“She only loves me for my money,” I said, thinking to myself that these were too odd and finally let out a chuckle.

This went on for a few minutes with most of the sentences sounding absolutely ridiculous. When I was all finished, Janet returned and we went to get Sarah. The three of us sat down in her office.

“Well,” Janet said, “I am amazed again at how well you are progressing. You were able to understand almost all of the sentences.”

“Thanks. They were really weird,” I said, laughing out loud.

Janet repeated a couple of the strange ones to Sarah.

“Now I am going to set up your device. And I want to put a special map on one of the settings. This map called Noise and it is for just that—a noisy setting. Basically, you would use it, say, if you were out at a restaurant and you wanted to focus on the conversation at your table. You could use the remote or the button on the device to switch to this map. What it does, essentially, is it lowers the background sounds that are finding their way to your implant and allows you to hear the conversation you are having in a much clearer way.”

“Wow, that sounds great,” I said.

Janet configured my device through the same process that she usually does: she hooked it up to the computer and had me tell her how many beeps I heard.

We left the building, my device a little bit louder than before, encouraged by the fact that I was still moving forward. I was improving quickly and became hopeful that it could only get better from there.

Thursday, August 30, 2012

A Tale of Two Brothers...Well, Three (Living With Cogan's Syndrome)

July 6th – 8th:

I have two older brothers: Casey is ten years older than me and lives in California with his family. Gideon is six years older than me and lives with his family in Michigan. I've always been very close with my brothers, even when we haven't contacted each other on a regular basis. No matter what, I still consider them my best friends. That's why Sarah and I did our best to make it to New Paltz this past weekend—Gideon and his four year-old daughter were visiting.

I look up to my brothers. As a kid, I listened to the same music that they were into: Smashing Pumpkins, the Beastie Boys, and Alice in Chains. I would dress my skeletal body in baggy clothes like them, decked out in JNCO Jeans and their hand-me-down, extra-large t-shirts.

They taught me how to play “doorknob.” When an individual...passes gas...the said individual must say the word “safety” before another person calls out “doorknob.” If the passer of gas fails to exclaim “safety” before “doorknob” is bellowed, anyone near the flatulater is given ample opportunity to punch the releaser of gas until he/she has touched a doorknob. Needless to say, it would take me quite some time to reach a doorknob and plenty of bruises enjoyed their stay on my body as age and numbers almost always won out. But it didn't matter; that's what brothers do.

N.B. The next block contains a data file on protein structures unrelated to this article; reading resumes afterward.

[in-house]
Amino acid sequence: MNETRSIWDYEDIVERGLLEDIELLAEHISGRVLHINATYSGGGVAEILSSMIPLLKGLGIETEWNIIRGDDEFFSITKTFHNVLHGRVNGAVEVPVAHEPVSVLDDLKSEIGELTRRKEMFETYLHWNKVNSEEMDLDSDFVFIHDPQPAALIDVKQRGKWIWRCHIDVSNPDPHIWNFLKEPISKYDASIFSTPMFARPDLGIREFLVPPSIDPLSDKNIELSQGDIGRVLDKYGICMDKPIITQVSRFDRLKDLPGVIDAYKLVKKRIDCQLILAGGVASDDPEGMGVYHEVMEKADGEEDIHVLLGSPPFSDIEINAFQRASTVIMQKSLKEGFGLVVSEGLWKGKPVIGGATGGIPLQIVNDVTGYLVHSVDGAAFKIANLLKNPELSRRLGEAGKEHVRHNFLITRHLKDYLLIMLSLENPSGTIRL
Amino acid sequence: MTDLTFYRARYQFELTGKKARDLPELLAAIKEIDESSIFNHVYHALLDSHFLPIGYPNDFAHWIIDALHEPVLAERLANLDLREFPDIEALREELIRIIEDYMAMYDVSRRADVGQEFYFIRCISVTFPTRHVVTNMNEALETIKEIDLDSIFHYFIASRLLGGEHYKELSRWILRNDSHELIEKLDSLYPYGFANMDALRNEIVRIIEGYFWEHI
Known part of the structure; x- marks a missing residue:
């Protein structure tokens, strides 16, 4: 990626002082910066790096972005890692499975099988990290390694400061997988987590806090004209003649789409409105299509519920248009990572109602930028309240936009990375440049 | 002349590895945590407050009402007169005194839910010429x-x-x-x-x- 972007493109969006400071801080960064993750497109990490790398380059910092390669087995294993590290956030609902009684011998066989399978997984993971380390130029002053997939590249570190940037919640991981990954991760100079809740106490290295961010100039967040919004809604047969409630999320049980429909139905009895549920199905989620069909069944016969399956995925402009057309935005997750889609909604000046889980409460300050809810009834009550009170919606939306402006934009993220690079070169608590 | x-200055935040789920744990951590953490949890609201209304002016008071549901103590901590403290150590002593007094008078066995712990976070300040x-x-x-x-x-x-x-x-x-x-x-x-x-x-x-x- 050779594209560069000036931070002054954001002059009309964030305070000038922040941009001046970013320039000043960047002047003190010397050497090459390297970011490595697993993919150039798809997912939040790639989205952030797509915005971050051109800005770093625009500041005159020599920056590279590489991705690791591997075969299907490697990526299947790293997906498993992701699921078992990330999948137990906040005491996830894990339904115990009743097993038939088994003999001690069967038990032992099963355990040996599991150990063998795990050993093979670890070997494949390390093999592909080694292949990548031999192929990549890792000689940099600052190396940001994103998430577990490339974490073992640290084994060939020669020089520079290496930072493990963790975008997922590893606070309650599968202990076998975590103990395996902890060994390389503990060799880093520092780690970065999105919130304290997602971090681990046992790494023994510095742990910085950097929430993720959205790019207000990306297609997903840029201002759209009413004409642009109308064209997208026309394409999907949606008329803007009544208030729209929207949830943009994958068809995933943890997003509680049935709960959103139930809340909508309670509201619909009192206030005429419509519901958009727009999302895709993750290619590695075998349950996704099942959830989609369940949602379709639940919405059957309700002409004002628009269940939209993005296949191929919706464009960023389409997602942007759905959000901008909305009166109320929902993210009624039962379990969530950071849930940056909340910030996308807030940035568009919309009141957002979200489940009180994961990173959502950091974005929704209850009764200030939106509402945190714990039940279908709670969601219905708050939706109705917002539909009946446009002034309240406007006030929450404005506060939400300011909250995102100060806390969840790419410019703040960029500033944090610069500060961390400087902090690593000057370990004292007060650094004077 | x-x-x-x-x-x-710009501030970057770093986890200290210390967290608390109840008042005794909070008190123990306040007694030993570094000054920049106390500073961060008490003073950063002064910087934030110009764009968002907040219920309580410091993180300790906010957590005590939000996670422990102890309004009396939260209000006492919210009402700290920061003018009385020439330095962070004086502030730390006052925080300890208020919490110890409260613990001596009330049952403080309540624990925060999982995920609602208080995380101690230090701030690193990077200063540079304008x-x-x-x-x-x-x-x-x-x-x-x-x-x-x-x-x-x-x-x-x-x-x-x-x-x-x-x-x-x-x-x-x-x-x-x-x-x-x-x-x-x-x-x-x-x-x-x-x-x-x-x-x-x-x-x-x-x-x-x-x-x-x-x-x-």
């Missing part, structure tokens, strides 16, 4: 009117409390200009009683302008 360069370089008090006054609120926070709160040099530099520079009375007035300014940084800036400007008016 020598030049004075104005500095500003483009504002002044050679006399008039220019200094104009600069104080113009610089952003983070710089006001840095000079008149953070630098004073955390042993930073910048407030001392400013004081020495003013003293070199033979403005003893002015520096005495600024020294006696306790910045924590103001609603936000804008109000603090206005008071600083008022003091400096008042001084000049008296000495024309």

We would take long car trips with my parents to Florida to visit my grandparents. Five people in a small sedan, squeezed tightly together for two whole days. I, of course, would have to sit in the back of the car in the middle seat, while my brothers sat on opposite sides of me. They would shove me back and forth for hours at a time. I hated it but I secretly loved the attention.

When I was in middle school and a 10th grader bullied me on the bus, Gideon—a senior in high school at the time—made sure that I was never picked on again. He also let me hang out with him and his friends (which I don't believe is very common for an older brother to do). Casey was a person to cry with when two of my friends passed away. My brothers have always looked out for my best interests and they gave me one heck of an awesome “Best Men” speech in which they called me an “albino sasquatch.” They are honest with me and can easily joke with me.

Sarah and I had had a very busy week. I was still recovering a little from surgery, even though my implant was activated a week ago. I hadn't returned to physical therapy yet, so my balance was still giving me problems and I was overly tired. Sarah worked on Monday, then on Tuesday we drove to Rhode Island to stay with her sister, Kimberly, and her husband, Lukas, at their rented beach house until Thursday. While there, Sarah and her father worked on their laptops at a local Panera Bread. We returned Thursday night and then Sarah had to work all day Friday before we were able to make the trip to New Paltz. On top of all that, because I can't drive long distance, Sarah did all of the driving throughout the week. We talked about it and decided that despite our tired minds and bodies, we would persevere and make the trip to see my parents, my brother, and niece. We hadn't seen Gideon since Thanksgiving—he had yet to see me in person since all of my troubles began.